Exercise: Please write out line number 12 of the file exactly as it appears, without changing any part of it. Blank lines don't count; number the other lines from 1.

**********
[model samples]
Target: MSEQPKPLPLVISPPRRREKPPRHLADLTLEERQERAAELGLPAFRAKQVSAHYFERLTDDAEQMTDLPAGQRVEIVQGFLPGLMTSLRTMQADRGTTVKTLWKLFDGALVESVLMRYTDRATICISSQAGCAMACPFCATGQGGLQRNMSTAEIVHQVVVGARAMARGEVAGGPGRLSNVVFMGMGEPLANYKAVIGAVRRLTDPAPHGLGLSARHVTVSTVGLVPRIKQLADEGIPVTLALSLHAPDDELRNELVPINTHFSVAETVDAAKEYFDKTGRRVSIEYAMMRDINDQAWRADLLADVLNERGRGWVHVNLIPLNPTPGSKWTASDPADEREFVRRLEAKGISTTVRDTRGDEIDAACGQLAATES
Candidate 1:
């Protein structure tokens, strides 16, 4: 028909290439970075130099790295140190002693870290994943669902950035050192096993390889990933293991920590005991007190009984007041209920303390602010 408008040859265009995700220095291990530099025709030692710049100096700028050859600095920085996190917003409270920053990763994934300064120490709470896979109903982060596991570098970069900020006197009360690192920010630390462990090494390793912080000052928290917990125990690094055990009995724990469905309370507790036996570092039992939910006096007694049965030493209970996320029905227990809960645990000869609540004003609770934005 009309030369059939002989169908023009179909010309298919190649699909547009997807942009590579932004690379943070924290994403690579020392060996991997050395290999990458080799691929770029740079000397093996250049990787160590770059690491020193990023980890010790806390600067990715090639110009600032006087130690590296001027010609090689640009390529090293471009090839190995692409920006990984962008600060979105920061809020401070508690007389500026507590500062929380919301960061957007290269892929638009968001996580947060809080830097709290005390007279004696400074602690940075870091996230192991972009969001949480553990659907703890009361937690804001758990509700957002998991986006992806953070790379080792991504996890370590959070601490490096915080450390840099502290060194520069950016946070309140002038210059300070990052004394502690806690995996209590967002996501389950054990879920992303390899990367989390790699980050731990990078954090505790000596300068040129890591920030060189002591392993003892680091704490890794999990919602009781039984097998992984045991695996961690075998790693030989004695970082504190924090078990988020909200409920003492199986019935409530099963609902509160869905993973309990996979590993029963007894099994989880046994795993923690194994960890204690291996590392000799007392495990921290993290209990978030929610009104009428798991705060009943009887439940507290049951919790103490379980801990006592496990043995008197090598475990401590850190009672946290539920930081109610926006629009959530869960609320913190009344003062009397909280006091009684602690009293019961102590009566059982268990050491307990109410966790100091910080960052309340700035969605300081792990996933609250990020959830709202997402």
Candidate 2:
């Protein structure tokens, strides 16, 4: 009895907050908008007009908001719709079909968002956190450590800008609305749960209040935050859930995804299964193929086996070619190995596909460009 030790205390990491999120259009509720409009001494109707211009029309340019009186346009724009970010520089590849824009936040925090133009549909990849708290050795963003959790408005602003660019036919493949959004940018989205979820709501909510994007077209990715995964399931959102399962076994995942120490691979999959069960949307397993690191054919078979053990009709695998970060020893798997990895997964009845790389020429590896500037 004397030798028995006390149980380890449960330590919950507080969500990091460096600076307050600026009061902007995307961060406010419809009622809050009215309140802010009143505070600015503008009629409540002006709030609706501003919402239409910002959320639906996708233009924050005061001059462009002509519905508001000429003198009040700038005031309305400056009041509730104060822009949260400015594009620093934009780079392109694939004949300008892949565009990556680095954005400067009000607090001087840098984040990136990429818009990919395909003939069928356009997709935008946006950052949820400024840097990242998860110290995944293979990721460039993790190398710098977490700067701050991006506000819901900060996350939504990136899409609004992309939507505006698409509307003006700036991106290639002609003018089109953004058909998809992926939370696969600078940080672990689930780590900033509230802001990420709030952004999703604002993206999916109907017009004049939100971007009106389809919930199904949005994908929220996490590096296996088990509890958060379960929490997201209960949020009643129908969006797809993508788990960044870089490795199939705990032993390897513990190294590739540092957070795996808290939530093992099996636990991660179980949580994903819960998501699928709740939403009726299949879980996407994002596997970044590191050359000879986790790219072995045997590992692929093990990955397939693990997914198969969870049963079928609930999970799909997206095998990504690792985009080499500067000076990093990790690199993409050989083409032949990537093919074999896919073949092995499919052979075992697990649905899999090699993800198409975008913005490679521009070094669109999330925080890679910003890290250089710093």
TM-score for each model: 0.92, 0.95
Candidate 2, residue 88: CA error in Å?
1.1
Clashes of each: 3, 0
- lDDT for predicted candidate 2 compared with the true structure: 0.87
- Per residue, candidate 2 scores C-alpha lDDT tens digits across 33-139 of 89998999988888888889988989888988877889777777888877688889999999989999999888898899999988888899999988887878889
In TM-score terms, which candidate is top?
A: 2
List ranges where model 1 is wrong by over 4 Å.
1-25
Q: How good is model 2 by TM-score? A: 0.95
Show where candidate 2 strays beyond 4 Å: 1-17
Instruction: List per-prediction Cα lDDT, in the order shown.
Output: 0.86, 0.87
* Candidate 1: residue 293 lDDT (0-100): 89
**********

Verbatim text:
- Per residue, candidate 2 scores C-alpha lDDT tens digits across 33-139 of 89998999988888888889988989888988877889777777888877688889999999989999999888898899999988888899999988887878889